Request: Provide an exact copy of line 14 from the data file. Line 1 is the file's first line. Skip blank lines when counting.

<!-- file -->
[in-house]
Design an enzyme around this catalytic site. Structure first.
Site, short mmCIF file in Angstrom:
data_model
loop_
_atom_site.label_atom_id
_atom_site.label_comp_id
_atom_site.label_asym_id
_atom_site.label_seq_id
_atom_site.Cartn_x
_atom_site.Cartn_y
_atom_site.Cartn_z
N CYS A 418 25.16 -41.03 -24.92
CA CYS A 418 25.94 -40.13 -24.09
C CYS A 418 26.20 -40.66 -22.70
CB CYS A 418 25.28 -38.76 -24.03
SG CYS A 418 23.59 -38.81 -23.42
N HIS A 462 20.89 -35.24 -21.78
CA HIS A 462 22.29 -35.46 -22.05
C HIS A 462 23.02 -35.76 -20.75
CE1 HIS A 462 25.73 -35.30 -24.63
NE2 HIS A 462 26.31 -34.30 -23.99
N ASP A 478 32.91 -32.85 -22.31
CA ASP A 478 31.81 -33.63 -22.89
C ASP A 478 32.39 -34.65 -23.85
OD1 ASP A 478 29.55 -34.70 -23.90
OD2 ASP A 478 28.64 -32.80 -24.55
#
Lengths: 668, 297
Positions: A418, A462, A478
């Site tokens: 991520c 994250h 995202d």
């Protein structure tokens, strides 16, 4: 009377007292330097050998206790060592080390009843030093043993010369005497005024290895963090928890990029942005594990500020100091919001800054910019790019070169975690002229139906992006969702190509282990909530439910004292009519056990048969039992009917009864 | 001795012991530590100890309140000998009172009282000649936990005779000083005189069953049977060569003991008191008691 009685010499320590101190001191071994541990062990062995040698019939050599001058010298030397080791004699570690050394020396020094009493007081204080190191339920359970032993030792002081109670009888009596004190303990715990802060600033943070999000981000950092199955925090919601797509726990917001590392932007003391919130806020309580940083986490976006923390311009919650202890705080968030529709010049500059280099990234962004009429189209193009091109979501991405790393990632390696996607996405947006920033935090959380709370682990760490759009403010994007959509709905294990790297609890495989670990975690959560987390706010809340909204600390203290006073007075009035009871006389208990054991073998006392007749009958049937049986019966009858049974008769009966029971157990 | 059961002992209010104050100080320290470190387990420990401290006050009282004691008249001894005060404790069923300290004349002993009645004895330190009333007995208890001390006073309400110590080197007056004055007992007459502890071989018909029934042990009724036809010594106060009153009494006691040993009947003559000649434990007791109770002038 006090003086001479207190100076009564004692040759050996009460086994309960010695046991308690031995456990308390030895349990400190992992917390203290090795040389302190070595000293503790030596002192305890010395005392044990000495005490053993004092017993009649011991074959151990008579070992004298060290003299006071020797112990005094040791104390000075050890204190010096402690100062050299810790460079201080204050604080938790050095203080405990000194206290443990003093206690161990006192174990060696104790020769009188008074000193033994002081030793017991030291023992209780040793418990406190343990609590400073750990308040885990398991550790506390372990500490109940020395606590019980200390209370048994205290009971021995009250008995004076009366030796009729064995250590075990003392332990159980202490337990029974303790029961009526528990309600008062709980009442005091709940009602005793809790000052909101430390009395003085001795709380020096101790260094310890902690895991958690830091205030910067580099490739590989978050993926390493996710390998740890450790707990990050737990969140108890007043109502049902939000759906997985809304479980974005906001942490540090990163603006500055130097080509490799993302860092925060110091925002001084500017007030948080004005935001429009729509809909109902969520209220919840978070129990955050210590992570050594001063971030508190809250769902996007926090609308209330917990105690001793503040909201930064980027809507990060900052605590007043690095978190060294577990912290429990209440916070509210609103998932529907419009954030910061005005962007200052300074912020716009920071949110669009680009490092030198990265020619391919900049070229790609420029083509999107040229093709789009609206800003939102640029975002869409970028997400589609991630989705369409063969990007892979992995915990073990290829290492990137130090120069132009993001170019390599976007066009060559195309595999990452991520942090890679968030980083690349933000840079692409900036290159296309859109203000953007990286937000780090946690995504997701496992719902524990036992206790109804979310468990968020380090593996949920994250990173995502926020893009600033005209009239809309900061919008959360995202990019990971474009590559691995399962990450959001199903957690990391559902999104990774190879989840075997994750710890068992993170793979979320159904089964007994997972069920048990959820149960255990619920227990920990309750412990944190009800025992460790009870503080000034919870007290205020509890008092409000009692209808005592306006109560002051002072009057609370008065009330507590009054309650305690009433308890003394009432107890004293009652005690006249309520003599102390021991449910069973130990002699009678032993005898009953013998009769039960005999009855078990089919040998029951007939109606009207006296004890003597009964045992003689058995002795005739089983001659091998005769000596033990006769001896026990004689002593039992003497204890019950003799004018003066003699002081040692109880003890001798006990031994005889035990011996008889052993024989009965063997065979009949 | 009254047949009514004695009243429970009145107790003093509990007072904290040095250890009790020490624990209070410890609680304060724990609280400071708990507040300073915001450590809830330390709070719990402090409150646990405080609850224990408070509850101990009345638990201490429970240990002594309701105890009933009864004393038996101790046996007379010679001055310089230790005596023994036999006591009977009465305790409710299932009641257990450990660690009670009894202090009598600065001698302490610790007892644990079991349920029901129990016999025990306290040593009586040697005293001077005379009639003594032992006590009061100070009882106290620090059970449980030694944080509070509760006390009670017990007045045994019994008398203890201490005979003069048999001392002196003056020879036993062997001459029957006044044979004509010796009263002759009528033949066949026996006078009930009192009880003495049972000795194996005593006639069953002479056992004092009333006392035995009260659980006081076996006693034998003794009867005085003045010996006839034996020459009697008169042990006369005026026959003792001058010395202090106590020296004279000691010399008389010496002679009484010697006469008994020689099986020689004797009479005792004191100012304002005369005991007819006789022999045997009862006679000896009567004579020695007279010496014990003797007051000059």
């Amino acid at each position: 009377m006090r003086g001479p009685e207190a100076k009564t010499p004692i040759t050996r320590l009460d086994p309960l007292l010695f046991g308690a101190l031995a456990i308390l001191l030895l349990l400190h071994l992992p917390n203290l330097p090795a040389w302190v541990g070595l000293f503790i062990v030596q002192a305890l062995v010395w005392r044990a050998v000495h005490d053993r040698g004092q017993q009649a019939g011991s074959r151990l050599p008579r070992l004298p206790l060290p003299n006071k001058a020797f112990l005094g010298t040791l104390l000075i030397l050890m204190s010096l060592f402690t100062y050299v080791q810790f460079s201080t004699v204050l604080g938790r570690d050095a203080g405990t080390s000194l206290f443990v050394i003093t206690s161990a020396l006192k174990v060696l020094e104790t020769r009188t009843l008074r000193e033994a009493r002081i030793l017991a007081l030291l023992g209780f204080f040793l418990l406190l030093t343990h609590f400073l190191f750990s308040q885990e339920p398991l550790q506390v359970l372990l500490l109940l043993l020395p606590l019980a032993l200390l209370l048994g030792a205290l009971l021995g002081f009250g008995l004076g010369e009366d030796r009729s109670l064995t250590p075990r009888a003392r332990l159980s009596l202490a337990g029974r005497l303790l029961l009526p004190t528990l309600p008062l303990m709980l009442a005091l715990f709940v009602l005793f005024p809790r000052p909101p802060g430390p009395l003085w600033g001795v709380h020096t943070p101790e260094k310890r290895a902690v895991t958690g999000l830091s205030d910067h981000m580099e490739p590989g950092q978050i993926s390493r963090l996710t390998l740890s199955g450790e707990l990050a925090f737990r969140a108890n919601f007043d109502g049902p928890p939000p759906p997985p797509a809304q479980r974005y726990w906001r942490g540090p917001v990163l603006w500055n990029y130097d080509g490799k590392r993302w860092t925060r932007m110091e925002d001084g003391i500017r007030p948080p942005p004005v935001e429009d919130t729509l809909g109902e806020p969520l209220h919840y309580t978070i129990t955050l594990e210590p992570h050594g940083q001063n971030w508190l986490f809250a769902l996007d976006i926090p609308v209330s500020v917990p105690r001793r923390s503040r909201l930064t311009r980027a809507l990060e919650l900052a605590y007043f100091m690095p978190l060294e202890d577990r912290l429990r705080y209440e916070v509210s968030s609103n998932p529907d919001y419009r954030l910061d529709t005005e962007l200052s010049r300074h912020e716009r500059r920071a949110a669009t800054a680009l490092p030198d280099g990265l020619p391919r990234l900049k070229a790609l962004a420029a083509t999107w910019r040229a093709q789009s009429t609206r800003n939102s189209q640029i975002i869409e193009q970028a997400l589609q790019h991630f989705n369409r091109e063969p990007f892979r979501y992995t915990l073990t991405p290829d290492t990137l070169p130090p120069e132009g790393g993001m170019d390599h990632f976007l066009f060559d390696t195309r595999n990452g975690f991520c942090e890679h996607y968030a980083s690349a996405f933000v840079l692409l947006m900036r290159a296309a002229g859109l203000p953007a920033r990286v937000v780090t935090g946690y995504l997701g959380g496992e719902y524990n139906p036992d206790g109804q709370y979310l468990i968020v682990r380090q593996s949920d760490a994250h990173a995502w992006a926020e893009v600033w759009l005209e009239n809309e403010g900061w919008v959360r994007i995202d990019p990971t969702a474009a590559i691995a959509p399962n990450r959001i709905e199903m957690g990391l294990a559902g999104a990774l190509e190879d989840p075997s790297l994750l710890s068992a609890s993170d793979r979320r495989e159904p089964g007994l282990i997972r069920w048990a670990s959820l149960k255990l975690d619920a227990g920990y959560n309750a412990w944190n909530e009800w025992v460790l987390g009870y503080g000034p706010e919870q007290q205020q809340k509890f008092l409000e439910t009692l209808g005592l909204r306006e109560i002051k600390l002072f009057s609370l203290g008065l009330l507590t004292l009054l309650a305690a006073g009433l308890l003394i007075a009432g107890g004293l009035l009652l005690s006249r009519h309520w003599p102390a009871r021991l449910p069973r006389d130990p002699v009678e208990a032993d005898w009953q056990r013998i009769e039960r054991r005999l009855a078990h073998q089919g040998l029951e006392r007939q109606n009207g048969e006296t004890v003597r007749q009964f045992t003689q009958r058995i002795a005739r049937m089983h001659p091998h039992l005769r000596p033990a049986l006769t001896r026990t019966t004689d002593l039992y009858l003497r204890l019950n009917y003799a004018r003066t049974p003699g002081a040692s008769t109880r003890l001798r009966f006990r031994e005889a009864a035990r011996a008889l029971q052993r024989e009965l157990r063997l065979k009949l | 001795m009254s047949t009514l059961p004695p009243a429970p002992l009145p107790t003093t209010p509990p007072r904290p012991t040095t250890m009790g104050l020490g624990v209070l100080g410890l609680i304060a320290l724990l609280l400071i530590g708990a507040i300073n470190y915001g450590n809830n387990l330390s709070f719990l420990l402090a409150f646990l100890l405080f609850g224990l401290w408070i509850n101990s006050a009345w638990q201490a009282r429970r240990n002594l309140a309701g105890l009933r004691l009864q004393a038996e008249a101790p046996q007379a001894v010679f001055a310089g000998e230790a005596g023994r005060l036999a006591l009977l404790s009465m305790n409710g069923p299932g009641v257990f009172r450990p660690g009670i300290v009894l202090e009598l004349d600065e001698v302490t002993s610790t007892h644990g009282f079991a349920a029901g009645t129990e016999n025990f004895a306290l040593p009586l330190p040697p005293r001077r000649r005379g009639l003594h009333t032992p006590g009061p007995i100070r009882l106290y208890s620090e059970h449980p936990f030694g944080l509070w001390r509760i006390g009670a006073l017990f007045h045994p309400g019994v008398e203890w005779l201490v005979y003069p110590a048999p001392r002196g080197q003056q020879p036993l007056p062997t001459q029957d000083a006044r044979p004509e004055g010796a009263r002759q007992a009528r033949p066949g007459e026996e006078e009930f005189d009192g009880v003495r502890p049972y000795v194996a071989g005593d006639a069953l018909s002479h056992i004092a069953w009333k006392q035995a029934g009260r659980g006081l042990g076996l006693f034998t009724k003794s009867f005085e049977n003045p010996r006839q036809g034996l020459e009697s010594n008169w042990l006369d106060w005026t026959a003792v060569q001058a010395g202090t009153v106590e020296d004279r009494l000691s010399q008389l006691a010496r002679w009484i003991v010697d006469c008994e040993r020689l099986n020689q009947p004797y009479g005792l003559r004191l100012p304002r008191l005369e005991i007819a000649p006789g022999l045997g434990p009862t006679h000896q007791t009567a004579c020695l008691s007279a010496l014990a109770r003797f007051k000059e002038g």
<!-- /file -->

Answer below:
CA CYS A 418 25.94 -40.13 -24.09